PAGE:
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Country Vocals Lessons: Introduction to the Nashville Number System

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[MUSIC]
I'm gonna share with you something
that confounds even professional
musicians who are not familiar with it.
This is like an insider tip.
In Nashville, specifically,
the musicians there
developed an ingenious method of
writing music in a form that was so
easy to read, so easy to transpose, so
easy to use as a guide in a recording
session or a demo session.
That they could almost
instantly know the chord
that they had to play and
fill in the blanks from there.
It's called the Nashville number system.
And even experienced musicians
who are not familiar with it,
it's kind of a mystery to them.
What are they talking about,
those crazy Nashville players?
Well, I'm gonna tell you,
it's not that complicated, and
it's actually a very brilliant
way to notate music.
And it's something that we can
relate very easily to the fun
that we just had with Axis of Awesome and
the Four-Chord Song.
So, in this scale, as you just learned,
in your major scale,
we're gonna work in the key of C, again,
cuz it's a very simple, easy key.
It's all white keys, and
they're laid out very easily on the piano.
Here's our C major scale.
Remember the pattern,
whole whole half whole whole whole half.
[MUSIC]
The Nashville number system starts
with the key that you're working in,
the bottom note of the scale,
also called the tonic.
And they number each note of the scale
consecutively with a number,
so starting with, obviously, number one.
So that the note C is
designated by the number one.
And going consecutively up the scale, one,
two, three, four, five, six, seven, and
then back to one, an octave higher.
So let's sing that even, one, two, three,
four, five, six, seven, one.
One, two, three, four,
five, six, seven, one.
Okay, so we've numbered every
note of the major scale.
Well, you can build a chord
on each one of those notes.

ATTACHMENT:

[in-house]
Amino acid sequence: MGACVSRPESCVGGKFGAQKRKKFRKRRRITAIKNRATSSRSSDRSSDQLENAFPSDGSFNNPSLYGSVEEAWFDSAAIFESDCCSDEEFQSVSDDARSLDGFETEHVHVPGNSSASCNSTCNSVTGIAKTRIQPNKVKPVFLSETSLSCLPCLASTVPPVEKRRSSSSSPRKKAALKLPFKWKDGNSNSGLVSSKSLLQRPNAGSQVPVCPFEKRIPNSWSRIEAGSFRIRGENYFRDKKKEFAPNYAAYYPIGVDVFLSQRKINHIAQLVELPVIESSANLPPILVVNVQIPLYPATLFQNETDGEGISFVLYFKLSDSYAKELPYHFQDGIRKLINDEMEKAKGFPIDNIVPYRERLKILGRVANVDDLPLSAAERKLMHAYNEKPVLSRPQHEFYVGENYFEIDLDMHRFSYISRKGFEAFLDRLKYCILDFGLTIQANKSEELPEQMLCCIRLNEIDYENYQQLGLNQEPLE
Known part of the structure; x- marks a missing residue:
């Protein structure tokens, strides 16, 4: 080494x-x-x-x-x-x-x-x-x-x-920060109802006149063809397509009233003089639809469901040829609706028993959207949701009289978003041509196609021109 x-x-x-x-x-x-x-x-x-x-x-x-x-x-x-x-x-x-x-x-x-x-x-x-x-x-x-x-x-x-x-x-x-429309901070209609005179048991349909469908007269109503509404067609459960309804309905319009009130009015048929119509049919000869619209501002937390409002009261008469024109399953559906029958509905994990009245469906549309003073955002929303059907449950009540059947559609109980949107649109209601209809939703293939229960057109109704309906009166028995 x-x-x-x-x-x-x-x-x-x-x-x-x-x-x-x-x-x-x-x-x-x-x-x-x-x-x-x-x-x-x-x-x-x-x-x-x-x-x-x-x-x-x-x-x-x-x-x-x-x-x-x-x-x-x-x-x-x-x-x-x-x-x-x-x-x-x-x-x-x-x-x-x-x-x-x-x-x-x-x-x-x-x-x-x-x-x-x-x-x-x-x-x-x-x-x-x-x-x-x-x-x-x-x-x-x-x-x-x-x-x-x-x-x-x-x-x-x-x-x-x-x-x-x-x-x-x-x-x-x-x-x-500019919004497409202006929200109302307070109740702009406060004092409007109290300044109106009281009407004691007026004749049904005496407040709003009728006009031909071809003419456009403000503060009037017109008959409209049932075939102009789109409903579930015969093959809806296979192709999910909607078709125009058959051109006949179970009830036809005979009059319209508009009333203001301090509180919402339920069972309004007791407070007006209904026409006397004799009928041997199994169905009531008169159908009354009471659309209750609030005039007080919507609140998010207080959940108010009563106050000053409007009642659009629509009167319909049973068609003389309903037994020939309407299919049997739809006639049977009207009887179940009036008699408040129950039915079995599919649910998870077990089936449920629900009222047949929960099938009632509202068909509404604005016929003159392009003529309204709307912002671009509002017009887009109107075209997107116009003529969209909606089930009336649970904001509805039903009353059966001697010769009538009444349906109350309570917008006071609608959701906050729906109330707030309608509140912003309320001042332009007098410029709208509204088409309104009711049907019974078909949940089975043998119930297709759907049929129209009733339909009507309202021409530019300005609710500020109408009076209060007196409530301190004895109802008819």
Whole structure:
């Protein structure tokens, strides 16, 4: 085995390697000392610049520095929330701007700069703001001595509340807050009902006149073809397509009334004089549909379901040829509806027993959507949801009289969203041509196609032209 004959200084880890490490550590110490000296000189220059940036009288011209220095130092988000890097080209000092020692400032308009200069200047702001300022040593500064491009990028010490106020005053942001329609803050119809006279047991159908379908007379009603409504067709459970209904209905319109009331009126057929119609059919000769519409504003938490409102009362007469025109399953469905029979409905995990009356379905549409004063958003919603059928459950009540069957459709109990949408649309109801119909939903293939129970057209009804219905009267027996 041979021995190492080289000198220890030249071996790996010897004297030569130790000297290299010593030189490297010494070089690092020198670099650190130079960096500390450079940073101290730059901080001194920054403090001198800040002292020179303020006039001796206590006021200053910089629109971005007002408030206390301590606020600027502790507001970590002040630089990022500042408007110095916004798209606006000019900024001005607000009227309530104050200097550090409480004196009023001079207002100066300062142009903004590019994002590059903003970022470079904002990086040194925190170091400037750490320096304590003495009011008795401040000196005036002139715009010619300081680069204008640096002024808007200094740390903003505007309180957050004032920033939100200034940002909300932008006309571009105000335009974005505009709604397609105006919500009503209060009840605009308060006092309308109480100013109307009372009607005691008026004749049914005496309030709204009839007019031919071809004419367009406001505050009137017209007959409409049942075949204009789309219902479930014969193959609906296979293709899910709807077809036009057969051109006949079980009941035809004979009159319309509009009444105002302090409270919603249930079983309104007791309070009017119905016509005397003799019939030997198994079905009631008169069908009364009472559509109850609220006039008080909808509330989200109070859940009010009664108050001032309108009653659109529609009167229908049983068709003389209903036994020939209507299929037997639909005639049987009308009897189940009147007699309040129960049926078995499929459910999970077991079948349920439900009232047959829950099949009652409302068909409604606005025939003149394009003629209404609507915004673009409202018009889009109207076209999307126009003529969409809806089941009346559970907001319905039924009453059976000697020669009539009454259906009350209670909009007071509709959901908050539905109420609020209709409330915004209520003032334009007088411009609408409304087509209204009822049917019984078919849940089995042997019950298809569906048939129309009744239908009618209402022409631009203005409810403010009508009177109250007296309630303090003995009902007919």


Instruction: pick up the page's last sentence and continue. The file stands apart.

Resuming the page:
So if we build a major chord on the one,
on the C, a major chord is made like this.
[SOUND] That's a C major chord.
[SOUND] Well,
in the Nashville number system,
they would call that the one chord.
And they would write it on
a chart very simply like this.
Let's say the first measure
of your chart of your music
that you're gonna play is a one chord.
Let's say the intro is four
bars of one in the key of C.
[MUSIC]
This is how you would write it.
And this is what the musician
would know to play,
some collection of this family
of notes in the C major chord.
So if you go from there, here's one,
C, two, three, four, five.
You can build a chord on the fifth tone,
or the five of that scale,
as well, one, two, three, four, five.
And if you build a chord on that note,
the five, or the G, you get this chord.
[MUSIC]
They would call that
the five chord, a G chord.
So if you had a bar of one,
you'd write a one.
[MUSIC]
And then it went to the G,
you'd write a five, like this.
[MUSIC]
So a one chord on the C, one,
two, three, four, five,
a G chord built on the fifth tone.
If you build a chord on
the sixth tone of a major scale
in the key of C,
that would be one, two, three,
four, five, six, or A, C, D, E, F, G, A.
The sixth tone, you build a chord on that.
[MUSIC]
It's a minor chord, this sixth minor.
[MUSIC]
That's what it sounds like.
It's built on the A,
[MUSIC]
using the notes in the C major scale.
And it's a sixth minor chord.
If you build a chord on the fourth
tone of a C major scale,
one, two, three, four, C, D, E, F.
[SOUND] You build a major chord on an F or
on the fourth note of the C major scale.
You get this chord.
[SOUND] That's an F major chord.
[SOUND] You've now built every chord
in the axis of awesome pattern.
And in the Nashville number system,
you would write it like this,
one, five, sixth minor,
four, one, five,
six minor, four, one,
five, sixth minor, four.
That's the four chords from
the axis of awesome progression.
And you just built those
four chords in a key of C.
Our backing track in our original
example of axis of awesome
was in the key of E flat.
Here's one on E flat, B flat,
which is the five, sixth minor,
which is a C minor triad.
And the four chord in E
flat is built on an A.
Here's the E flat scale,
[MUSIC]
one, two, three, four, five, six,
seven, one.
Here's the E flat one chord.
[MUSIC]
Here's the five chord.
[MUSIC]
That's the B flat.
Here's the sixth minor built on C.
And here's the four cord
[MUSIC]
four
[MUSIC]
A flat triad.
So the brilliance of the Nashville
number system is that
you can very simply write
the basic chords for
thousands of songs, and
you can easily move the key.
You can write one, five,
sixth minor, four, and say,
okay, guys, we're gonna play it in E flat.
[MUSIC]
And the singer goes, no, that's too high,
bring it down to C.
And boom, you can transpose it.
[MUSIC]
That is the beginning of the Nashville
number system.
We're gonna get into that in much
more detail later on in the course,
but that'll get you started.
[MUSIC]